Can You Use 18 Gauge Staples for Carpet?

Many people want to be weekend warriors and finish some home repairs themselves. Something like laying carpet isn’t too hard so some may take it on as a DIY project. You have the carpet, the ad, a staple gun, and some staples. Wait, they are 18 gauge staples. You pause.

Can you use 18 gauge staples for carpet? The direct answer is yes, you can use 18-gauge staples for carpet. However, they aren’t the best choice and you probably shouldn’t. These staples are meant for much heavier items than carpet and could do some damage to the carpet if you aren’t careful.

Read on to find out the right choice for staples when laying carpet and what you can do to use 18-gauge staples if you have no other choice.

What Are 18-Gauge Staples Used For?

The 18-gauge staples are medium wire staples with a lot of holding power. They typically are used for paneling, trim, underlayment, cabinet assembly, heavy upholstery, sheathing, soffits, and siding. 

While they are heavy-duty, others are even stronger. Those in the 15-17-gauge range and are made from heavy wire are the strongest and are used for many of the same things as the 18-gauge. Typically, the heavier staples are used for furniture framing, subflooring, foam insulation board, roofing and roof decking, and framing pallets and crates. 

The Right Carpet Staples

Carpet staples aren’t identified by gauge but by inches. Home experts say carpet staples should be around 1/2-inch but some that are 9/16-inch can be used if your staple gun goes up that high. The 9/16-inch provides a little more strength to hold the carpet over the 1/2-inch staple. 

The reason for these specific staples for carpets is because of how far they penetrate. You don’t want staples that go too deep and that’s the danger of the 18-gauge variety. You will also need to set the depth gauge on the stapler to ensure the staples don’t hit too deep. 

The Basics of Laying Carpet

Laying carpet isn’t complicated but it involves a good bit of preparation. You start by measuring the room and guying your supplies. 

Measuring involves a bit more than a tape measure. You must add some extra, between two and four inches to both the length and the width. Then you multiply the width and the length to find your square footage. You may need to do this with different parts of the room if it isn’t a simple rectangle or square, and has coves, closets, and other elements.

Add between 10 and 20% to the final number to make sure you have enough carpet for the room. This becomes important if you make a mistake and is especially important if you have a patterned carpet as you may have more waste to make it match in sections.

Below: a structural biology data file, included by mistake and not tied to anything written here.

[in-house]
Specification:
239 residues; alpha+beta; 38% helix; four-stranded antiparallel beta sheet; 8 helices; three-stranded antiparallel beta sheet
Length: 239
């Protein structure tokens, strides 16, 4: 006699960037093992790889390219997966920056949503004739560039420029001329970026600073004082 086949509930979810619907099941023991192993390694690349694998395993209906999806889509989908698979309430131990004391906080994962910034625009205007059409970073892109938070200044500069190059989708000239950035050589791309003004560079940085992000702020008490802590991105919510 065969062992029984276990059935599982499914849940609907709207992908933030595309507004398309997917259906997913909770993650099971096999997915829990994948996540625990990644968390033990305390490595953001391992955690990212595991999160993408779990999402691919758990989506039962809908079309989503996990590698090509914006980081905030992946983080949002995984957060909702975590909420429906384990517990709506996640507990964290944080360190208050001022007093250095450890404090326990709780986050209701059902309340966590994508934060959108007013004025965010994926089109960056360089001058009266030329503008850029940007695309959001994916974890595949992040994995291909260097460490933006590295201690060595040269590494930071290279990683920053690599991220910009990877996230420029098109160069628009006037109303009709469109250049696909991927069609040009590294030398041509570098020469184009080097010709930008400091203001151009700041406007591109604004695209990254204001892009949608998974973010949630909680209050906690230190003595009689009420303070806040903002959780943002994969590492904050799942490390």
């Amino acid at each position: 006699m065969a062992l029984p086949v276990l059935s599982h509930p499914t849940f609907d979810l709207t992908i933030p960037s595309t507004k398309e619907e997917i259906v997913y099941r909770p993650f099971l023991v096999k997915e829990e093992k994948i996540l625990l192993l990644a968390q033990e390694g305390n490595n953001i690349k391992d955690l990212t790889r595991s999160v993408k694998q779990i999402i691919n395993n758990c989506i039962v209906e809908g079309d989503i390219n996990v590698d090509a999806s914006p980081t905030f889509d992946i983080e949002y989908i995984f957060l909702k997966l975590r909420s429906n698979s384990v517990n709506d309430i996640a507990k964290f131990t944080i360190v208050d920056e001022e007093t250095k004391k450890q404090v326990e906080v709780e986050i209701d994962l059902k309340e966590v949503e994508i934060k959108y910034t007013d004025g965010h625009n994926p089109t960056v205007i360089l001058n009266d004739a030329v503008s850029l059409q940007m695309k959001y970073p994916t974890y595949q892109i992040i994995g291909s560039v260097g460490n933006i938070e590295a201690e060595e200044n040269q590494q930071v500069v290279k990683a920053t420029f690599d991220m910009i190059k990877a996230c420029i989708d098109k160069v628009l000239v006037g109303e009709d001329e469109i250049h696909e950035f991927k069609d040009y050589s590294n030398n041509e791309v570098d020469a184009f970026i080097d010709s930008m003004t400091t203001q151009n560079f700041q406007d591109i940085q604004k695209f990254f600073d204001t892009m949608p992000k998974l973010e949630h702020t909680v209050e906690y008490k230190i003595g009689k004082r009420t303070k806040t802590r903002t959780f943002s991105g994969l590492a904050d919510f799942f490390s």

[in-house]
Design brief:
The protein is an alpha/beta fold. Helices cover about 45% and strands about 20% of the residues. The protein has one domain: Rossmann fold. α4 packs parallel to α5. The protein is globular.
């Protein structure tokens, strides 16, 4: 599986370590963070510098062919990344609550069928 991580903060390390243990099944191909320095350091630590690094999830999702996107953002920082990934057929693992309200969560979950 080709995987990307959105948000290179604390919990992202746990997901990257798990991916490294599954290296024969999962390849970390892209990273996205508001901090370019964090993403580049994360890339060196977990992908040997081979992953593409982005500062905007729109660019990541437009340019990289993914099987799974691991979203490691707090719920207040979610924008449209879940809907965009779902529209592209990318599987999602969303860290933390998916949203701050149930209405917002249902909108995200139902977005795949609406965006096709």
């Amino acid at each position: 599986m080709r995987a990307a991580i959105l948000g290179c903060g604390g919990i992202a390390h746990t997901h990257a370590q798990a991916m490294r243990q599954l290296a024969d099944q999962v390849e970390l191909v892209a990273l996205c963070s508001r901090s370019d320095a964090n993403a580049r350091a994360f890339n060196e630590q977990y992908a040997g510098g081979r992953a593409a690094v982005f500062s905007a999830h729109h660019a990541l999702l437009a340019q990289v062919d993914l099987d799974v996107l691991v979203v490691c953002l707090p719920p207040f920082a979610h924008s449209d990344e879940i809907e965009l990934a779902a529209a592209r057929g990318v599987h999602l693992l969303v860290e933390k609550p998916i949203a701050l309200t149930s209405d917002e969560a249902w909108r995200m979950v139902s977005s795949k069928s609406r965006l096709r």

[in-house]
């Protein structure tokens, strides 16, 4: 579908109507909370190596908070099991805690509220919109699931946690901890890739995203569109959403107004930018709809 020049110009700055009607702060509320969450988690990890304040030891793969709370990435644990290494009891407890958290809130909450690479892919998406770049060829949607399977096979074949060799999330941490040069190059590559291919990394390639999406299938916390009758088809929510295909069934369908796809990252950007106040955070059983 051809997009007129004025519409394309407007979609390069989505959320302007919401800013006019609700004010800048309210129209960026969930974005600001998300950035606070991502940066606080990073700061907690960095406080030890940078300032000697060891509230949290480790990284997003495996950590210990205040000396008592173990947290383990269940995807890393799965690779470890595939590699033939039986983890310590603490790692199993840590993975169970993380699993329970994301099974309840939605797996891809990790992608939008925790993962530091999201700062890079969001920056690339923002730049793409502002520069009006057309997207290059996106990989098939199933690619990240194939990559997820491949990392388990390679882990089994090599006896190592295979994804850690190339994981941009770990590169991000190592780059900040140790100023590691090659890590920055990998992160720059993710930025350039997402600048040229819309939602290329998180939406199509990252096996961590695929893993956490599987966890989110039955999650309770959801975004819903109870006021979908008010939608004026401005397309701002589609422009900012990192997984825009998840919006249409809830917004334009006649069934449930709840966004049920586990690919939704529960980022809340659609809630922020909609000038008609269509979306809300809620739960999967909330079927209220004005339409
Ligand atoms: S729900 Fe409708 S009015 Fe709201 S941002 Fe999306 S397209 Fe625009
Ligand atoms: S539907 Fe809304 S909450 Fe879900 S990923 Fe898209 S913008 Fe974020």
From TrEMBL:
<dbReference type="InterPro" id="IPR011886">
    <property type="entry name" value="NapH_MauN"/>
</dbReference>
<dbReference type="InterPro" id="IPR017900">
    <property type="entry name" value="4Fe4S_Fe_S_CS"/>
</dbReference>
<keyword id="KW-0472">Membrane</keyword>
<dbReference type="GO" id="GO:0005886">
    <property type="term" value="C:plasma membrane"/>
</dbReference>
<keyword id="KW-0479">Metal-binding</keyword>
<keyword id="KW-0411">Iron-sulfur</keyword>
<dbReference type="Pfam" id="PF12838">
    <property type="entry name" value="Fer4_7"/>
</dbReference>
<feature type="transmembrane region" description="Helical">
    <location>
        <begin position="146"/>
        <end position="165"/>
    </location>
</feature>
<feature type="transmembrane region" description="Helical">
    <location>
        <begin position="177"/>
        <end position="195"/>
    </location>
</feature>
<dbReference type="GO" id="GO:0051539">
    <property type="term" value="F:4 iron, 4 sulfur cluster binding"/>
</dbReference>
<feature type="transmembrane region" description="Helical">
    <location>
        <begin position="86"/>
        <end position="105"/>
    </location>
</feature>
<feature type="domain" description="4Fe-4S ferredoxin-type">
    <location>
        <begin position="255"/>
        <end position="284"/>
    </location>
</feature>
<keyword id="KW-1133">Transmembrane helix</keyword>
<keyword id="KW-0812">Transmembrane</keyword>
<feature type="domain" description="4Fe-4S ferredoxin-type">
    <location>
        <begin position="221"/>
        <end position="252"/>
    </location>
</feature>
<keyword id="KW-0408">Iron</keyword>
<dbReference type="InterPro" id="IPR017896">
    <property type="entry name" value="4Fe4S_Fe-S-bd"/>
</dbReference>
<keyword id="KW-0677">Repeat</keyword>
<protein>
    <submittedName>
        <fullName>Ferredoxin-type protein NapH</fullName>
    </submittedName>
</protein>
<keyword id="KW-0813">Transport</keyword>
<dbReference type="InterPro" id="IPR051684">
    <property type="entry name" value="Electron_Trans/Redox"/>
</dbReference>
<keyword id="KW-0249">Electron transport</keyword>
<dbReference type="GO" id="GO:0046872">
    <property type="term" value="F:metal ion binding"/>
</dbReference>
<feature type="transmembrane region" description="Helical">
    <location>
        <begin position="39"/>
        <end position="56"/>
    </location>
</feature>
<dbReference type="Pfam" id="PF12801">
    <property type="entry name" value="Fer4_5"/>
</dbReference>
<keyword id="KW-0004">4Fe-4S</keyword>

Materials include tack strips, a staple gun, utility knife, chalk line, tape measure, duck and seaming tapes, power stretcher, a rolling pin or carpet roller, and a steaming iron and a knee kicker. You will need other materials if you are installing them on a concrete floor. Those items include:

  • A cement-based waterproof filler
  • Masonry nails
  • Liquid Nail construction adhesive
  • Carpet Adhesive

Prepping the room includes removing old flooring, and the baseboards and checking the subfloor. Then, install tack strips o every wall. These will help hold the carpet in place. 
Install the carpet pad, stapling it at the tack strip’s edges and along the seams.

Carpet padding is the most important aspect of your carpet installation and so you should focus a major part of your budget on it. It is what makes your carpet feel cushy on the feet but also helps your carpet last longer. 

Now, it’s time to cut and lay the carpet. Pay attention to pile direction. All carpet fibers “look” in a certain direction depending on how it was produced. It can look different in color from different angles based on the pile direction. Pile directions should match or it will look odd when completed.

The stapling happens where the carpet and the floor meet. Staples can be hidden by wigging them between carpet fibers. They should stay hidden, especially after you reinstall the baseboards.

Use the seaming tape under the carpet to join two carpet stripes. Be sure to put the adhesive side up to stick to both sections. Run a steaming iron over the tape and then press the carpet strips together with a carpet roller or rolling pin. Stretch the carpet to fit the room.

Matching the carpet at the seams can become a big problem if the carpet has a pattern. Similar to hanging wallpaper, you must cut the carpet pieces in a way where the patterns match. This may involve some measuring and using your chalk line to keep the cuts straight.


How many staples do you put in carpet padding?

You should staple the padding once every six inches along the edge but only need one every eight inches to reinforce rows. 

Should you staple carpet on stairs?

Yes, stapling carpet on stairs holds the padding to the stair treads and secures the carpet along the risers and at the treads’ edges, making the stairs safer. 

What kind of staple gun do you use for carpet?

The two tools you need to lay carpet are a heavy-dut hammer tacker and an electric stapler called a carpet stapler. You can’t use a regular staple gun to lay carpet.

What holds a carpet down besides staples?

A product called rug tape is used to hold the carpet down while you are working with it. It’s a double-sided tape that anchors the carpet in place. This keeps edges and corners from folding.

Where do you start when laying carpet?

This project should start in a room corner. Be sure to leave up to four inches of excess carpet on each side of the room when the carpet is up against the wall. 

How tight should carpet be stretched?

You should stretch carpet between 1 and 2 percent of its cut dimensions when you install it.

Can You Use 18 Gauge Staples for Carpet?
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